June 14, 2012
Syrian Violence Spurs Questions About PR's Portrayal of President Assad's "Glamorous" and Accessible Lifestyle: Firms Such as DC's Brown Lloyd James Have Made Big Bucks Over the Last 20 Years Burnishing the Assads' Image In Western Media
Journalists in Syria today are regularly threatened and harassed when they attempt to uncover the government's decades-long repression — which is a far cry from those scribes who have reported on the glamorous lifestyle and open accessibility of Syrian president Bashar al-Assad and his family in recent years. And therein lies the impact of government-affiliated public relations — with the help of high-priced PR advisers who had worked in the Clinton, Bush and Thatcher administrations, Assad and his family have sought to portray themselves in the Western media as accessible, progressive and even glamorous, the NY Times reports. Preferential treatment of world leaders in the media is nothing new, but the Assads have been especially determined to burnish their image — and have hired experts to do so. Lifestyle magazines and online outlets have published feel-good features about Assad and his wife Asma, often focusing on their glamorous lives. For example, in March of 2011 — just as Assad and his security forces initiated a brutal crackdown on political opponents that has led to the death of an estimated 10,000 Syrians — Vogue magazine ran a flattering profile of the first lady, describing her as walking "a determined swath cut through space with a flash of red soles," a reference to her Christian Louboutin heels. The Assad family paid the DC-based PR firm Brown Lloyd James $5,000 a month to act as a liaison between Vogue and the first lady, according to the firm. The Assads were in many ways ripe for celebrity treatment by the news media — the president, a trained ophthalmologist, received part of his education in Britain, where he met his wife, a Briton of Syrian descent who grew up in London and worked as an investment banker in New York. The campaign to make the ruling family the face of a more Westernized and open Syria began in 2006, when Mrs. Assad approached the PR firm Bell Pottinger in London. Tim Bell, a co-founder of the firm and a former media adviser to Margaret Thatcher, said Mrs. Assad contacted the firm after several first ladies, including Laura Bush, began to hold annual meetings and conferences. "She wanted to be a part of that club," Bell told the Times.
This web of politics and public relations ensnared Barbara Walters recently. After she conducted an aggressive interview with Assad on ABC News in December, she offered to provide recommendations for Sheherazad Jaafari, the president's press aide and the daughter of the Syrian ambassador to the United Nations, who was applying for a job at CNN and admission to Columbia University's School of International and Public Affairs. Walters issued a statement this week expressing regret for her actions, which she called "a conflict," the NY Times reports.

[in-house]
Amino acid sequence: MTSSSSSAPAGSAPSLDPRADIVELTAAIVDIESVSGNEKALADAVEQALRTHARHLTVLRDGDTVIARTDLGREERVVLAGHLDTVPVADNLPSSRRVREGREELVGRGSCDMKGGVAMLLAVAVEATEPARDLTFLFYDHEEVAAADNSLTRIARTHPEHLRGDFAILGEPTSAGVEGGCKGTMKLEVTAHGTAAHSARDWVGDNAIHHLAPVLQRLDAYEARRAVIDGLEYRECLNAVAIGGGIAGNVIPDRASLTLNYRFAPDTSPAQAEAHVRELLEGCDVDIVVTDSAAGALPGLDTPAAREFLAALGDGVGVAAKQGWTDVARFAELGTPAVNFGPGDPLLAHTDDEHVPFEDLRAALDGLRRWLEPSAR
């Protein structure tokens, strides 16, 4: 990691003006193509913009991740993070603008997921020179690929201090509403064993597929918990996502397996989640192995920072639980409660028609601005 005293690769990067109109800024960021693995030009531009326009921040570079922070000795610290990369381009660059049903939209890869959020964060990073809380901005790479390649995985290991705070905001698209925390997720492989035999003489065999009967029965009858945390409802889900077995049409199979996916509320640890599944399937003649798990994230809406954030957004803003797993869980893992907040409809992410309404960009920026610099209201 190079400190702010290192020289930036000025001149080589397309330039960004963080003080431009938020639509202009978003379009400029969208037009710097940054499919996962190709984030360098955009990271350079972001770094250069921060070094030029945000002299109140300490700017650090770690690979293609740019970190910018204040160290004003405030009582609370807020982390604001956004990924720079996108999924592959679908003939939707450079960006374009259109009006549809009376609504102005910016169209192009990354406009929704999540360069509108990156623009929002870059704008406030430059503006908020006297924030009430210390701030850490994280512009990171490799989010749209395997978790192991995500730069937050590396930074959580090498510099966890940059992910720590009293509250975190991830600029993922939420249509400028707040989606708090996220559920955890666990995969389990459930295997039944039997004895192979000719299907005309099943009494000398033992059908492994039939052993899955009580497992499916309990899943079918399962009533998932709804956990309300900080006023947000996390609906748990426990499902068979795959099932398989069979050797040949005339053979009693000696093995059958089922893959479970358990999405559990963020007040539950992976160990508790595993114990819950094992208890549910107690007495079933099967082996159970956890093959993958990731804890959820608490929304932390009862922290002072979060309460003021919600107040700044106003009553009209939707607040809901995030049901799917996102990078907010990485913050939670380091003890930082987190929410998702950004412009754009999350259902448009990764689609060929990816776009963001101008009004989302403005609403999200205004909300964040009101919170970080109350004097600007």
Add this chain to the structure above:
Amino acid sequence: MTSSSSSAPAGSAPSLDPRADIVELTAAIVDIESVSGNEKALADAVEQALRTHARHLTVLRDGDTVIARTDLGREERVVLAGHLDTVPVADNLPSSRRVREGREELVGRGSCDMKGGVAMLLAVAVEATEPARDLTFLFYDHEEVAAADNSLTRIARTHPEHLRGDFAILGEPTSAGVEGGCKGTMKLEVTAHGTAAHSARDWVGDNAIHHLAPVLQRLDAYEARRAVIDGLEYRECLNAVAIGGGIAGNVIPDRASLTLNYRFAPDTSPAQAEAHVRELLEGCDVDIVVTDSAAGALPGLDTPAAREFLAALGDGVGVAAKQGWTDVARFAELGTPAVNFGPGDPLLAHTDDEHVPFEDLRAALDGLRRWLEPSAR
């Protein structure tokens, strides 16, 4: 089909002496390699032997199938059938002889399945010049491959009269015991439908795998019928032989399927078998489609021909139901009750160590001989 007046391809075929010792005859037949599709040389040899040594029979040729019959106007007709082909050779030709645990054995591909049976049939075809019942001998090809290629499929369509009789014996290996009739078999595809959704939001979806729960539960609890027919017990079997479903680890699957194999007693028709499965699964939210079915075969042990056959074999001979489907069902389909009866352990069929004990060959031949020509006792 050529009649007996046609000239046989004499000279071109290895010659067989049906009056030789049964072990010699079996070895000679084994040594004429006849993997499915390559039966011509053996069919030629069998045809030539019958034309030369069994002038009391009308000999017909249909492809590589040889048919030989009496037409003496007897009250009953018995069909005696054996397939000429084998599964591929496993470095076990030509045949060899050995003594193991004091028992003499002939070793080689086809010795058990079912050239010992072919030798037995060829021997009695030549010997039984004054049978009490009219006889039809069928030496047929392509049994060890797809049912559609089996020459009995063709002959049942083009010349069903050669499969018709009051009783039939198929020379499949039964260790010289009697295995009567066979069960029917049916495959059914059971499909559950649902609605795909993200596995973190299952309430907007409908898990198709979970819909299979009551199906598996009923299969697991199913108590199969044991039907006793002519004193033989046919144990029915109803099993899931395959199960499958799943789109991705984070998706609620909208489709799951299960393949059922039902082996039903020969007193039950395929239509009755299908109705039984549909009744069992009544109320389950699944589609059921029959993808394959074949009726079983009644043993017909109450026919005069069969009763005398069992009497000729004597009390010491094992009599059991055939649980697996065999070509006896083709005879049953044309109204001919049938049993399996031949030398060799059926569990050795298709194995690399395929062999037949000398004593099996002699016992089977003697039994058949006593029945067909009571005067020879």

Jaafari, who has been accepted by Columbia, had worked as an intern at Brown Lloyd James. Last year, she expressed her feelings about the Assad family in an email to Mike Holtzman, a partner at the firm who worked closely with the Clinton and Bush administrations. "I have always told you — this man is loved by his people," Jaafari wrote in the e-mail, which was obtained by the British newspaper The Guardian. Holtzman replied: "I'm proud of you. Wish I were there to help," he said, report Times writers Bill Carter and Amy Chozick.
A few years later, positive articles began to appear. Paris Match called Mrs. Assad an "element of light in a country full of shadow zones" and the "eastern Diana." French Elle counted her among the best-dressed women in world politics, and in 2009, The Huffington Post published an article and fashion slide show titled "Asma al-Assad: Syria's First Lady and All-Natural Beauty." None of the articles about Mrs. Assad struck a nerve quite like the 3,200-word March 2011 profile in Vogue titled "A Rose in the Desert." In it, the writer, Joan Juliet Buck, called Mrs. Assad "the freshest and most magnetic of first ladies," according to the Times article.
Buck told the Times that shortly after the profile was published, she began "steadily speaking out against the Assad regime," including in an interview with Piers Morgan on CNN and elsewhere. In April, on National Public Radio, Buck said she regretted the headline that Vogue put on the article. But she said Mrs. Assad was "extremely thin and very well-dressed, and therefore qualified to be in Vogue," the Times reports.